Recommended for psychedelic music fans.
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20 of 21 people found the following review helpful By Stendhal Johnny on September 27, 2003
Format: Audio CD
It's sad to me to read some of these reviews that long for "what could have been" with Syd Barrett. The man was little off and that's what made his music, his singing and his lyrics so great and original. If he'd been like the other glam-pop acts of the seventies, he would've just written shallow overproduced radio cotton candy crap that melts in your brain as soon you hear it and sticks, not because it's sincere, but just because it's intentionally catchy, and ultimately without much heart and soul. That is one thing that Barrett had in spades without really seeming to try, yet very evidently paying for it. Listen to the end of the title track "I'm trying to find you," repeated over and over and tell me you don't feel his sincerity and anguish. I've listened to a lot of music in my days, and I don't hear that kind of heart anywhere. Barrett pours out his soul and it makes you want to cry for him, for yourself for the whole bloody doomed race of man. He remains one of the most original singer-songwriter, artist, musician, mystery, tragedy whatever you want to call him and he's always a consideration in my mind. Opel is a great collection of rough tracks - the best way to hear any musician - with great gems like Clowns and Jugglers (aka Octopus); Rats; Wouldn't You Miss Me (a thorazine-laden version of Dark Globe); and Milky Way. Also on this collection are just plain weird songs like Dolly Rocker, Word Song and Birdie Hop. "Birdie hop, he do, he hop along." That always makes me bust out laughing. You're only as mad as you don't realize. Maybe Barrett wasn't so crazy after all. Maybe he just had real artistic integrity.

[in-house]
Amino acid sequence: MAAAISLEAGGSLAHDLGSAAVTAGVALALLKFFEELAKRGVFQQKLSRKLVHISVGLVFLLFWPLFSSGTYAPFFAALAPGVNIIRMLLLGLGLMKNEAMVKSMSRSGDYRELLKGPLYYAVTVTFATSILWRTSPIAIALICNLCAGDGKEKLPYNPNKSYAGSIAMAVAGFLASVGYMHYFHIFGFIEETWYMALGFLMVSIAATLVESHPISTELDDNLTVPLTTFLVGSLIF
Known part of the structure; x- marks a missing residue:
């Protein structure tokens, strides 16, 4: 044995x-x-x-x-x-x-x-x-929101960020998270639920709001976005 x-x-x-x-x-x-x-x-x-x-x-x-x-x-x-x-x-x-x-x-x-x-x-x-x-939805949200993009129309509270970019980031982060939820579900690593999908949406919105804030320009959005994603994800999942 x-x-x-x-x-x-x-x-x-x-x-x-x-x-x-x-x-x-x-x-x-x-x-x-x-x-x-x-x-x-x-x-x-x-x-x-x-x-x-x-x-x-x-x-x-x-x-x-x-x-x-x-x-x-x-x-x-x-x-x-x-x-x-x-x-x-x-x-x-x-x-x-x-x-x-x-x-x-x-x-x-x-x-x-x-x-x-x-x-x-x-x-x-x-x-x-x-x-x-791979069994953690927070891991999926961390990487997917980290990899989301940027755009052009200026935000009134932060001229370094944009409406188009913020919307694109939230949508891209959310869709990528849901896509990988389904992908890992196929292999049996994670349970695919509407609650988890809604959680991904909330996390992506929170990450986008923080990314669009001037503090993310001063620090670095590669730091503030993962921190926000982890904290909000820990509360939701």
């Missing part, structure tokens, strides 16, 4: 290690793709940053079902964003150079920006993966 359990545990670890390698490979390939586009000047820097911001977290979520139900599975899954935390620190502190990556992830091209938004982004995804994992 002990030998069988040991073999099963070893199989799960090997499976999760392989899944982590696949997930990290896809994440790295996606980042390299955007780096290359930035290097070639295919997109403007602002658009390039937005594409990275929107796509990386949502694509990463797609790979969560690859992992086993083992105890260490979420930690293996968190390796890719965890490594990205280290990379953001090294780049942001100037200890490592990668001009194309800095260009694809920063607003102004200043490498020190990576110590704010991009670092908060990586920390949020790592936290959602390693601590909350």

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16 of 19 people found the following review helpful By Adam Rickards on October 30, 2003
Format: Audio CD
The collection "Opel" was released in the late 1980s and consists mostly of outtakes from Barrett's two solo albums as well as a few alternate takes. Most of the tracks had not even seen the light of day for years before their release, and the fact that Syd had this many songs left is really quite surprising considering that he only recorded two albums during his solo career.
First off, I am a huge Syd Barrett fan (see my reviews of his other albums for proof of this), but I feel that this outtakes collection is extremely inconsistent. Many of these songs weren't finished at the time of recording, and it shows as Syd fumbles through a few of them. "Opel," despite being the long-lost cult classic, is a great song in theory, but it just goes on for way too long while Syd fumbles around aimlessly with the chord progression. Some of the lyrics are very chilling and evocative, but overall this isn't his best work. "Clowns and Jugglers" (aka "Octopus"), presented in a slightly faster electric version here (again featuring the Soft Machine on backup) is just plain painful to listen to. The overdub-less version of "Rats" is interesting, but still doesn't represent Syd at his best. "Let's Split" starts off really well, but falls apart somewhere in the middle, "Birdie Hop" is embarrassing, while "Word Song" just doesn't do it for me.
Most of the songs that I just mentioned are the only real "rocky" spots on the album that warrant skipping, everything else should be smooth listening from here on.